Riva Djinn is the quintessential urban hermit. She lives alone and listens to hours of National Public Radio.
Today she heard that the pop star, Madonna, tours her song “Live to Tell” while hanging from a mirrored cross and wearing a crown of thorns. Sure enough, this act stirs controversy.
A professor of religious studies from St. Michael’s College in Vermont shared her unique views on Madonna’s behavior: the professor said she admired what Madonna was doing. “Madonna has accomplished—in one performance—what I have been trying to do with my students for years. I’ve been trying to get them to see everyone as the crucified Christ. Usually, my students shudder or laugh when I ask them to imagine Christ as a woman. Madonna is claiming a woman’s right to pose as Christ.”
Riva listened to all this with an open mind. When the radio program turned up the volume on Madonna singing, “Hope I live to tell…” She sang along and humped the walls of her studio apartment, remembering the days when she and her fifth-grade girlfriends took naked photographs of one another while listening to Madonna’s “True Blue” album. Riva, to this day, doesn’t know what became of those photos.
The next NPR show to air was "Marketplace." The story discussed recent tightenings of airport security. A Commentator, David Frum, was yakking about how, “Aviation security operates on the assumption that all passengers present an equal and randomized risk. If MI-5 had operated on the same principle, they'd still be kicking open the door of every house in London to search for terrorists.”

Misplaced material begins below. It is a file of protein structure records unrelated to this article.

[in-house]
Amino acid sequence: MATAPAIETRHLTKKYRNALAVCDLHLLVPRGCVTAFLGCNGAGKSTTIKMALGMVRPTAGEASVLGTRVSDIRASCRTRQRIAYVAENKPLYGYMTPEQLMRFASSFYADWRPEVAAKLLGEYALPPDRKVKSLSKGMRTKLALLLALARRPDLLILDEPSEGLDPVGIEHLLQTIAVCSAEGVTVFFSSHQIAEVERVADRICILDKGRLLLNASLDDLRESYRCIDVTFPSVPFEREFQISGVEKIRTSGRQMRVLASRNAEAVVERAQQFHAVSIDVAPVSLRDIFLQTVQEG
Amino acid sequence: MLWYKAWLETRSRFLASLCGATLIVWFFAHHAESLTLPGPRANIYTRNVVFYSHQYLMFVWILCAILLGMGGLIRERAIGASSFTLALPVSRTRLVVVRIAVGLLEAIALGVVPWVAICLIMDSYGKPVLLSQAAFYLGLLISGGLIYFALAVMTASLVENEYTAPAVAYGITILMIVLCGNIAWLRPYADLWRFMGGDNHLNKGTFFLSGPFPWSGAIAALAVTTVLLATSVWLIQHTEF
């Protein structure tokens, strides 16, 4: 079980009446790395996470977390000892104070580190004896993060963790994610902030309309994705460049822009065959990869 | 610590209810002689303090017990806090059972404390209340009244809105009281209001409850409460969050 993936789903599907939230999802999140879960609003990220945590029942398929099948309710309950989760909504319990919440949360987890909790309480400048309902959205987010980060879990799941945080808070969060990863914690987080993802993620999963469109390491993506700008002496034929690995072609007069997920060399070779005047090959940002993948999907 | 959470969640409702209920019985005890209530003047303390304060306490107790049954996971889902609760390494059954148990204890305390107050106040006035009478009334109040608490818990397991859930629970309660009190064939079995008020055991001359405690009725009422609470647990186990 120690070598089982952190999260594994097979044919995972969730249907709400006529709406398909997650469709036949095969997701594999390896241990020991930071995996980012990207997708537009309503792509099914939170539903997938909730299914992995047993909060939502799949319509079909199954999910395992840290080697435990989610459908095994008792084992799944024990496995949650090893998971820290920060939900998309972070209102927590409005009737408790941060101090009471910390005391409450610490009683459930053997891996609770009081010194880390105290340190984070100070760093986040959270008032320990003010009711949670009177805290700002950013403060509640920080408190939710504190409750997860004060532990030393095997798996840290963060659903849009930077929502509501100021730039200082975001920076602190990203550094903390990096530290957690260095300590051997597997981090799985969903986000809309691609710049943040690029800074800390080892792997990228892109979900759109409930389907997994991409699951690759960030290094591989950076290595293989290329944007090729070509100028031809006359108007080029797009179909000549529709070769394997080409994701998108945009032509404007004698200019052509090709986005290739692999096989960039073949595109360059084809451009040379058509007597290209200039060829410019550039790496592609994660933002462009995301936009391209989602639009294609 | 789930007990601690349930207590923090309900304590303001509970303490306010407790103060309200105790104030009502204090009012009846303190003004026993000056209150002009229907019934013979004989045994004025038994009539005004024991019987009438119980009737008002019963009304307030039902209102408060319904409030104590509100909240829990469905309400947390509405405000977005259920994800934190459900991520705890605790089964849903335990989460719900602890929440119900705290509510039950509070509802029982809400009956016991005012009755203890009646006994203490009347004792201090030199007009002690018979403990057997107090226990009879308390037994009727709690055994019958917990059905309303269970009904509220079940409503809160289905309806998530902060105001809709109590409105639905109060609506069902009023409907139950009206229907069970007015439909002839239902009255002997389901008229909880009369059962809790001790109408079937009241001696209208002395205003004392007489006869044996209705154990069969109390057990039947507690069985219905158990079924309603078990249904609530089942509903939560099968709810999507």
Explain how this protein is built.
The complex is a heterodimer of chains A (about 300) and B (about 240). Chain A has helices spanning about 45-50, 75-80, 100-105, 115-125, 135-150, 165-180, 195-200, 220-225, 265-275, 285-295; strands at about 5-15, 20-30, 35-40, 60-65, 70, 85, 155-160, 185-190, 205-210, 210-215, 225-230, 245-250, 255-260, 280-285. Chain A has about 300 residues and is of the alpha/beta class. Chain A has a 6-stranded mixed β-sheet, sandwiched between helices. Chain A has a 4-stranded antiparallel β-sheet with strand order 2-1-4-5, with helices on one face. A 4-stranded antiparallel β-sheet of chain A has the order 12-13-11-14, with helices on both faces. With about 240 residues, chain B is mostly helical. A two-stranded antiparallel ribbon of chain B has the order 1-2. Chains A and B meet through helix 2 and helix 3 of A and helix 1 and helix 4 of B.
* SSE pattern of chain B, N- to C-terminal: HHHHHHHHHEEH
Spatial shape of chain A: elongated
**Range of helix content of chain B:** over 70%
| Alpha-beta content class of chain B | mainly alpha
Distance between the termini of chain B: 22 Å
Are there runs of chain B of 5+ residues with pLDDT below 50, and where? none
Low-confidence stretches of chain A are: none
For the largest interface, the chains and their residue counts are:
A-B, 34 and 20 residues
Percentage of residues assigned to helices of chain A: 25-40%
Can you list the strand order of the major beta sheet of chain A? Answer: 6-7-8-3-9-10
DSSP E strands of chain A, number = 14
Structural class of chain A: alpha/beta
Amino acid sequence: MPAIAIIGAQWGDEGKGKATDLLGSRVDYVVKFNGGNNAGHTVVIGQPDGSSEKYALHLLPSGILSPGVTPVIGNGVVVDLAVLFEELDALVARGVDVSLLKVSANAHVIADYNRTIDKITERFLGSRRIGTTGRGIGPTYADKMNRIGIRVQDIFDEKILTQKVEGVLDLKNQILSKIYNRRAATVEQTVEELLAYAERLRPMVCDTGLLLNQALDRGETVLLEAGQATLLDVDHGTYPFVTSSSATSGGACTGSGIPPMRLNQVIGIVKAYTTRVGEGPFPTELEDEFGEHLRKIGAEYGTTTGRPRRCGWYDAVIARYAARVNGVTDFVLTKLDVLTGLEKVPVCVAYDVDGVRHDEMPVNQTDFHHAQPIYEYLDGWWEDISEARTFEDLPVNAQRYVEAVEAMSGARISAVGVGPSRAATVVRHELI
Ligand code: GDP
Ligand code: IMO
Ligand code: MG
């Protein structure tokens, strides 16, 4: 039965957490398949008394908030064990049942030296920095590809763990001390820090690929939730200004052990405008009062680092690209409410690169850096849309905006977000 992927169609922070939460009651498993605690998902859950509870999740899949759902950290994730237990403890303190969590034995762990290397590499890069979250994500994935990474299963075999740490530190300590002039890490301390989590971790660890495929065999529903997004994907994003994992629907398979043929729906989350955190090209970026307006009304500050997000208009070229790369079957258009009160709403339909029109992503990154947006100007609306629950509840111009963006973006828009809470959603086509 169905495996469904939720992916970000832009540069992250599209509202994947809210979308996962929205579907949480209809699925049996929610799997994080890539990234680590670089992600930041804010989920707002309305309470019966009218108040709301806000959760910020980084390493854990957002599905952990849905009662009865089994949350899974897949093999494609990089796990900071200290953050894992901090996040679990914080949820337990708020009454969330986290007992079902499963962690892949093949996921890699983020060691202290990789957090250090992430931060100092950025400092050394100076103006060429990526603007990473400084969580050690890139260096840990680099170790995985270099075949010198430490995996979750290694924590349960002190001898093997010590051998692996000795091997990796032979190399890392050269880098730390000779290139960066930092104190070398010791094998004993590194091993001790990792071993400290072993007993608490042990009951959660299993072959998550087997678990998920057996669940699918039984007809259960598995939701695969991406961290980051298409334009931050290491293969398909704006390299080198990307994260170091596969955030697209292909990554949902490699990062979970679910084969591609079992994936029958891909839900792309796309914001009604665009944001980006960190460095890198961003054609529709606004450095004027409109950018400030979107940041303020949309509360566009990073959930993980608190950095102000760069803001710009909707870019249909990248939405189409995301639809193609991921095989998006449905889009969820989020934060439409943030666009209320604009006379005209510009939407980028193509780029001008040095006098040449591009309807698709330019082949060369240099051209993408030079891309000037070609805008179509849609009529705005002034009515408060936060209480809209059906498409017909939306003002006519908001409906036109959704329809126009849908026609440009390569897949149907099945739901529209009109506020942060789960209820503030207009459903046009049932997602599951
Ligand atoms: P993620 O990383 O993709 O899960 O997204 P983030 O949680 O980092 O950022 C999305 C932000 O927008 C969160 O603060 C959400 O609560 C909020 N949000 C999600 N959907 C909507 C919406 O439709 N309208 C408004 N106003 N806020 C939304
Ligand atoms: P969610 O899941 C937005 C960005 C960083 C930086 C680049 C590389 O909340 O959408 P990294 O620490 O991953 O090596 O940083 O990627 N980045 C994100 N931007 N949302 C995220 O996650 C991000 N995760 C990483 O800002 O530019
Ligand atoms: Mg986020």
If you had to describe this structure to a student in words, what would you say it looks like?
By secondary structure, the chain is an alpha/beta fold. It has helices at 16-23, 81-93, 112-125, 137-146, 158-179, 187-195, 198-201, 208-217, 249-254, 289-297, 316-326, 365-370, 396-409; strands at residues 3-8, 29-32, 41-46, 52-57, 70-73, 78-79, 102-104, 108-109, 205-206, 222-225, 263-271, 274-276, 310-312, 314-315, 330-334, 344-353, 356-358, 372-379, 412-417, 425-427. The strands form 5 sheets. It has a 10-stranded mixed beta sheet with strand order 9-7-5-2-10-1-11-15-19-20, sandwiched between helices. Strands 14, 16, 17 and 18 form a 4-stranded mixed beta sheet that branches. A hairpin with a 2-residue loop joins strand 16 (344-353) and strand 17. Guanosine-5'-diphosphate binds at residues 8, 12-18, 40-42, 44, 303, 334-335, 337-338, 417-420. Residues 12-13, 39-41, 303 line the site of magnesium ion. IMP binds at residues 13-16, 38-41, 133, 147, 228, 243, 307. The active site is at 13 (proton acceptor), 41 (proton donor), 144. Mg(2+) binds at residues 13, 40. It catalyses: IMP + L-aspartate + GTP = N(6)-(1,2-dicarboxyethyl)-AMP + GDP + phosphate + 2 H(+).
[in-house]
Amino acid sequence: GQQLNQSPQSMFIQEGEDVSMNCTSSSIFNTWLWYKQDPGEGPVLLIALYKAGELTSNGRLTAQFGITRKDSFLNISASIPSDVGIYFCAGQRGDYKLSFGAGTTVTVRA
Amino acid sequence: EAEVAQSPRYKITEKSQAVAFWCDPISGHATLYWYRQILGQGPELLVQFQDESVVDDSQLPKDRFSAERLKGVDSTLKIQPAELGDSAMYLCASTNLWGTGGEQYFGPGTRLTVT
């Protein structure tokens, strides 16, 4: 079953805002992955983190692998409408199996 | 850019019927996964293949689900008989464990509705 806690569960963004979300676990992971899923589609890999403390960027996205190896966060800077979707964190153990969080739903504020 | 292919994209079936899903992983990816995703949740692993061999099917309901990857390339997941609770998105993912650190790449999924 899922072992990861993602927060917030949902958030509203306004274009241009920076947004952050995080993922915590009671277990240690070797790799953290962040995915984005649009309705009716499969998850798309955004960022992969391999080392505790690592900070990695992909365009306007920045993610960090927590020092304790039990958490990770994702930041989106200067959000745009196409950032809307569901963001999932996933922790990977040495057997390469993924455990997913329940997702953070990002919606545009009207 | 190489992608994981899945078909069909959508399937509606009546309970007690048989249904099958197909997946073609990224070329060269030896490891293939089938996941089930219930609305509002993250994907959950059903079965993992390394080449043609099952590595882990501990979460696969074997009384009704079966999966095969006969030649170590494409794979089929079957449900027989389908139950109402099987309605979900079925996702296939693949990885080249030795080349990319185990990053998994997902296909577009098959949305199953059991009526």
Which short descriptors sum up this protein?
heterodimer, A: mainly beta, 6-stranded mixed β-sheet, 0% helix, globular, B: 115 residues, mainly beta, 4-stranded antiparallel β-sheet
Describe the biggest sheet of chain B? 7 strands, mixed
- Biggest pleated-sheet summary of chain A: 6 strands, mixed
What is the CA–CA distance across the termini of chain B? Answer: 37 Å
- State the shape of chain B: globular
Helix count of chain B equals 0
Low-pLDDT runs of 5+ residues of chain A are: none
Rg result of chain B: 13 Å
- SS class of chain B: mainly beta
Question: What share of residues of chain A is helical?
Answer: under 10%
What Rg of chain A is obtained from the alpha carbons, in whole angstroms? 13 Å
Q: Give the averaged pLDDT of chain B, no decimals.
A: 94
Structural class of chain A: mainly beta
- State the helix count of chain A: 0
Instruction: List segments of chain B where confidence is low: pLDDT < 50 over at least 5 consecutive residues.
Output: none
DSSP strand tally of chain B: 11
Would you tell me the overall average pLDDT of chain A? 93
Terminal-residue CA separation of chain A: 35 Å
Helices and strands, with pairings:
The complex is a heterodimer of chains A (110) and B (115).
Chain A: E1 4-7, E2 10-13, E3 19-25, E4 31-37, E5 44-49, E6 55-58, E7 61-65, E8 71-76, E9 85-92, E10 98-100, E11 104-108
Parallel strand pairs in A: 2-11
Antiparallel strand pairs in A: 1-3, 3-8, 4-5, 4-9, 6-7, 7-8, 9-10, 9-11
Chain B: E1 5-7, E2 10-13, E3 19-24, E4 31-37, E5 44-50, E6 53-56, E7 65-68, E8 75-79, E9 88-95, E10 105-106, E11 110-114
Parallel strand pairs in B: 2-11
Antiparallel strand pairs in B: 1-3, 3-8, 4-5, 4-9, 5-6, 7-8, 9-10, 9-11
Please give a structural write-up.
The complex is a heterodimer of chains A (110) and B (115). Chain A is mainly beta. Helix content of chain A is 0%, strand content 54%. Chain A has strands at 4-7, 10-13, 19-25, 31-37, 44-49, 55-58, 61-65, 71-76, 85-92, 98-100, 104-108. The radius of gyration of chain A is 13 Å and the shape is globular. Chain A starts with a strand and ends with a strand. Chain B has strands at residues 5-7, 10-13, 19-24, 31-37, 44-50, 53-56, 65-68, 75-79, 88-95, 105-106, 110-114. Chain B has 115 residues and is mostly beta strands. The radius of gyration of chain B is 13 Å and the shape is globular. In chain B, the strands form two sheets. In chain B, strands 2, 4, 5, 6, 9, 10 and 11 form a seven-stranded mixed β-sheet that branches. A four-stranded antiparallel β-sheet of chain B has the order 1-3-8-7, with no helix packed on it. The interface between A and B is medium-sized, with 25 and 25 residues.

Riva listened, but just couldn't suppress her urge to talk back.
As the radio continued to crash its foamless waves into her open ears, Riva, who was now chopping vegetables for her fish filet dinner, waved her chopping knife this way and that and said, “What a wild world! While the religion professor hopes that we see the crucified Christ in everyone, Aviation security is busy looking out for the terrorist in everyone! Now why wasn't I invited to this whoopee party?” She grins and returns to chopping.
Riva never frets. When she’s not listening to the radio and chopping onions, Riva Djinn loves to read novels. She feels so much more fortunate, you see, because she is able to see the epic narrative in everyone. The end.